As far as I can tell, I’ve been aware of my non-whiteness ever since I was old enough to realize the difference between the people at my Korean church and those at my predominantly white school. When my classmates started having “boyfriends” and “girlfriends” in fifth grade, I would pray to God, asking him to please make me white. If I could get that, then maybe girls would look at me the way they looked at all the other tall, blonde, blue-eyed, sharp-nosed boys. I grew increasingly frustrated at my body. How come all my swimming competitors seemed to hit a 7-inch growth spurt, except me? Because I’m Korean, obviously. And then, with the Pikachu thing, I developed a habit of subconsciously dropping into fight-or-flight mode whenever groups of laughing strangers passed by. Gradually and quite suddenly, I was hyper-aware of my face and skin.

And so it has come to pass that a hatred towards my skin has moved on to bigger and better things: the person underneath.

Let me be clear – I’m not blaming white people/white America for my day-to-day brushes with anxiety and self-loathing. The pit I find myself in has seen many different hands holding many different shovels – not least among them my own. I’m also not spinning a universal sob story of racial victimization. Having a skin tone doesn’t invariably necessitate hating yourself for it. There are plenty of people of color who are perfectly satisfied with themselves, just as there are plenty of white people who suffer from mental illness.

What I am saying, however, is that small, almost random incidents like what happened on the curb of Tasty Egg Roll can reverberate and amplify over time until they become an integral part of the stories we construct about ourselves. So when people of color have some issue with mental health, it’s often inextricably linked to the names, stereotypes, and expectations thrown at us along a trajectory of race and ethnicity. As an Asian-American male, that means the model minority myth (aka “I’m so glad I have an Asian in my group project!”), emasculation (aka jokes about my dick size) and racist generalization (aka “Hey! If I say, ‘Ching chang chong!’ what does that mean?”) – or any exciting, original combinations thereof.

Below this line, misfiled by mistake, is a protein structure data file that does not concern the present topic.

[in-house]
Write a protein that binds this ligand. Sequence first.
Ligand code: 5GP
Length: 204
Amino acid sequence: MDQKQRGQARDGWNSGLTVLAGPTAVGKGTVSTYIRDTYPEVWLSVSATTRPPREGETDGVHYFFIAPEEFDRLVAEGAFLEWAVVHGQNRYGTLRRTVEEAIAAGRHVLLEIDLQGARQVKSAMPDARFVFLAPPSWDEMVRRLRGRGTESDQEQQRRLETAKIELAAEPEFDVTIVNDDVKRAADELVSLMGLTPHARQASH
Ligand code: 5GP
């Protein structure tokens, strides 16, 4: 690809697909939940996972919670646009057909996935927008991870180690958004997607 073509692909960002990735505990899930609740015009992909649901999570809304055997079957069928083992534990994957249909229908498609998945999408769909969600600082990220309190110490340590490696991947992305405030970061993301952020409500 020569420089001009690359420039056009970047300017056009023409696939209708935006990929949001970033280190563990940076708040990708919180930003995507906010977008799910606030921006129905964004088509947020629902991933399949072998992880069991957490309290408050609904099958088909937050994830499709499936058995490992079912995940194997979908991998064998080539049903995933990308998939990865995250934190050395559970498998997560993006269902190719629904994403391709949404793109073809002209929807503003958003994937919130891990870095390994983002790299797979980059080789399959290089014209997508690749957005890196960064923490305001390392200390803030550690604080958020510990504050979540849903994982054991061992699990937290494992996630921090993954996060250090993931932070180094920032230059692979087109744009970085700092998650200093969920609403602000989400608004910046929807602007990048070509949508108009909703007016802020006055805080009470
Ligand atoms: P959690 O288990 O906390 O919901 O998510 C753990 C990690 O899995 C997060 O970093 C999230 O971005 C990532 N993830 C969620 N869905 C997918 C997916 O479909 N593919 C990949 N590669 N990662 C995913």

It means my most persistent fears of abandonment, anonymity and ridicule partially stem from being one of many slant-eyed, flat-nosed, Pikachu-looking motherf*ckers on this campus.

It means that meaningful expressions of my identity are evaporated by a desperate urge to compare myself to and distance myself from all the other slant-eyed, flat-nosed, Pikachu-looking motherf*ckers on this campus.

It means I get caught in these infuriating mental merry-go-rounds where the line between external racism and internal paranoia gets smeared, distorted and eventually rendered senseless.

It means I’m paralyzed from seeking psychiatric help because counseling and medication are for white people, not for me.

It means that, from my perspective, any attempts to feel like I have a place in this world are realistically pared down to three options:

  1. Adapt to whiteness as best I can in order to be seen as normal, or
  2. disassemble my racial makeup until I fit into my designated slot on the ethnic rainbow color palette of “diversity”, or
  3. failure.

And it means I disassociate from all these realities by addicting myself to the bright screens which, coincidentally, have graciously allowed me to bring to you this heart-warming article.